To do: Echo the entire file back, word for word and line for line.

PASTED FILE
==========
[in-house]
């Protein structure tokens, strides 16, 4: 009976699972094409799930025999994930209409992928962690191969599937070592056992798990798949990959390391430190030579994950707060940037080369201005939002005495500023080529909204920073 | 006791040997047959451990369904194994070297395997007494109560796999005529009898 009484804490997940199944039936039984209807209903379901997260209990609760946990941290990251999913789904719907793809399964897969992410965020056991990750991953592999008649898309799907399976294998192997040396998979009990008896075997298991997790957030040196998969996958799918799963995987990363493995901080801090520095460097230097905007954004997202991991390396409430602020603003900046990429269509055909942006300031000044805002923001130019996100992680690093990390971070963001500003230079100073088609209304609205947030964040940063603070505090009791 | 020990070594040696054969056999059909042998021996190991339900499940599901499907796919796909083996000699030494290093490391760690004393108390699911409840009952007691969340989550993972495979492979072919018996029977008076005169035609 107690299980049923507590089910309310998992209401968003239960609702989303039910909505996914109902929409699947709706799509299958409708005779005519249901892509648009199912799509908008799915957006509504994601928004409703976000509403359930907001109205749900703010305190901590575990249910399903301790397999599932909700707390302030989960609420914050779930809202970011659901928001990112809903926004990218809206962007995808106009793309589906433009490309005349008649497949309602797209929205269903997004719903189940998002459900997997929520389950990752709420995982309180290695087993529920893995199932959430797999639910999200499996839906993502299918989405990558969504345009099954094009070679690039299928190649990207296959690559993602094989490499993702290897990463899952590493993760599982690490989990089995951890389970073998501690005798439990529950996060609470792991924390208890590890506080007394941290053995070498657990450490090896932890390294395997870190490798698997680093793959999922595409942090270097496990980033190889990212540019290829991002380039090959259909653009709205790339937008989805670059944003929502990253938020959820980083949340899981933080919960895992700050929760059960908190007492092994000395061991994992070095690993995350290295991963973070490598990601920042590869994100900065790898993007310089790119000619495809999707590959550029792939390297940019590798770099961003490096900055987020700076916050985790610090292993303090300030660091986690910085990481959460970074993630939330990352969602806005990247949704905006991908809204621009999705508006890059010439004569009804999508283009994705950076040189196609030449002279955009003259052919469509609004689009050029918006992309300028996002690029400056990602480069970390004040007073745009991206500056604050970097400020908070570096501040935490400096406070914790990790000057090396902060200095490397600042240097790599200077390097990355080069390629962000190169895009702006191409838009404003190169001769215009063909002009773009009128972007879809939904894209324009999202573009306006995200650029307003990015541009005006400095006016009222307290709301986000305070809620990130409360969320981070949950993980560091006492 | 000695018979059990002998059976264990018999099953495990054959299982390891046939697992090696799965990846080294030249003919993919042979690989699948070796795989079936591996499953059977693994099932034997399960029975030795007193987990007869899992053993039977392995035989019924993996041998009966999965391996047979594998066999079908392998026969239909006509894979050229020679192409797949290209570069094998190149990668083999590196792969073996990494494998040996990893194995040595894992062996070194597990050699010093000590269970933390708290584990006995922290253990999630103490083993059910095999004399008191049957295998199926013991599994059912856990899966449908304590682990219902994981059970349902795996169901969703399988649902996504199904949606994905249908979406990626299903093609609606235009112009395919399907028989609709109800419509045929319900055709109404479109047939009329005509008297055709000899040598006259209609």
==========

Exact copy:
[in-house]
């Protein structure tokens, strides 16, 4: 009976699972094409799930025999994930209409992928962690191969599937070592056992798990798949990959390391430190030579994950707060940037080369201005939002005495500023080529909204920073 | 006791040997047959451990369904194994070297395997007494109560796999005529009898 009484804490997940199944039936039984209807209903379901997260209990609760946990941290990251999913789904719907793809399964897969992410965020056991990750991953592999008649898309799907399976294998192997040396998979009990008896075997298991997790957030040196998969996958799918799963995987990363493995901080801090520095460097230097905007954004997202991991390396409430602020603003900046990429269509055909942006300031000044805002923001130019996100992680690093990390971070963001500003230079100073088609209304609205947030964040940063603070505090009791 | 020990070594040696054969056999059909042998021996190991339900499940599901499907796919796909083996000699030494290093490391760690004393108390699911409840009952007691969340989550993972495979492979072919018996029977008076005169035609 107690299980049923507590089910309310998992209401968003239960609702989303039910909505996914109902929409699947709706799509299958409708005779005519249901892509648009199912799509908008799915957006509504994601928004409703976000509403359930907001109205749900703010305190901590575990249910399903301790397999599932909700707390302030989960609420914050779930809202970011659901928001990112809903926004990218809206962007995808106009793309589906433009490309005349008649497949309602797209929205269903997004719903189940998002459900997997929520389950990752709420995982309180290695087993529920893995199932959430797999639910999200499996839906993502299918989405990558969504345009099954094009070679690039299928190649990207296959690559993602094989490499993702290897990463899952590493993760599982690490989990089995951890389970073998501690005798439990529950996060609470792991924390208890590890506080007394941290053995070498657990450490090896932890390294395997870190490798698997680093793959999922595409942090270097496990980033190889990212540019290829991002380039090959259909653009709205790339937008989805670059944003929502990253938020959820980083949340899981933080919960895992700050929760059960908190007492092994000395061991994992070095690993995350290295991963973070490598990601920042590869994100900065790898993007310089790119000619495809999707590959550029792939390297940019590798770099961003490096900055987020700076916050985790610090292993303090300030660091986690910085990481959460970074993630939330990352969602806005990247949704905006991908809204621009999705508006890059010439004569009804999508283009994705950076040189196609030449002279955009003259052919469509609004689009050029918006992309300028996002690029400056990602480069970390004040007073745009991206500056604050970097400020908070570096501040935490400096406070914790990790000057090396902060200095490397600042240097790599200077390097990355080069390629962000190169895009702006191409838009404003190169001769215009063909002009773009009128972007879809939904894209324009999202573009306006995200650029307003990015541009005006400095006016009222307290709301986000305070809620990130409360969320981070949950993980560091006492 | 000695018979059990002998059976264990018999099953495990054959299982390891046939697992090696799965990846080294030249003919993919042979690989699948070796795989079936591996499953059977693994099932034997399960029975030795007193987990007869899992053993039977392995035989019924993996041998009966999965391996047979594998066999079908392998026969239909006509894979050229020679192409797949290209570069094998190149990668083999590196792969073996990494494998040996990893194995040595894992062996070194597990050699010093000590269970933390708290584990006995922290253990999630103490083993059910095999004399008191049957295998199926013991599994059912856990899966449908304590682990219902994981059970349902795996169901969703399988649902996504199904949606994905249908979406990626299903093609609606235009112009395919399907028989609709109800419509045929319900055709109404479109047939009329005509008297055709000899040598006259209609």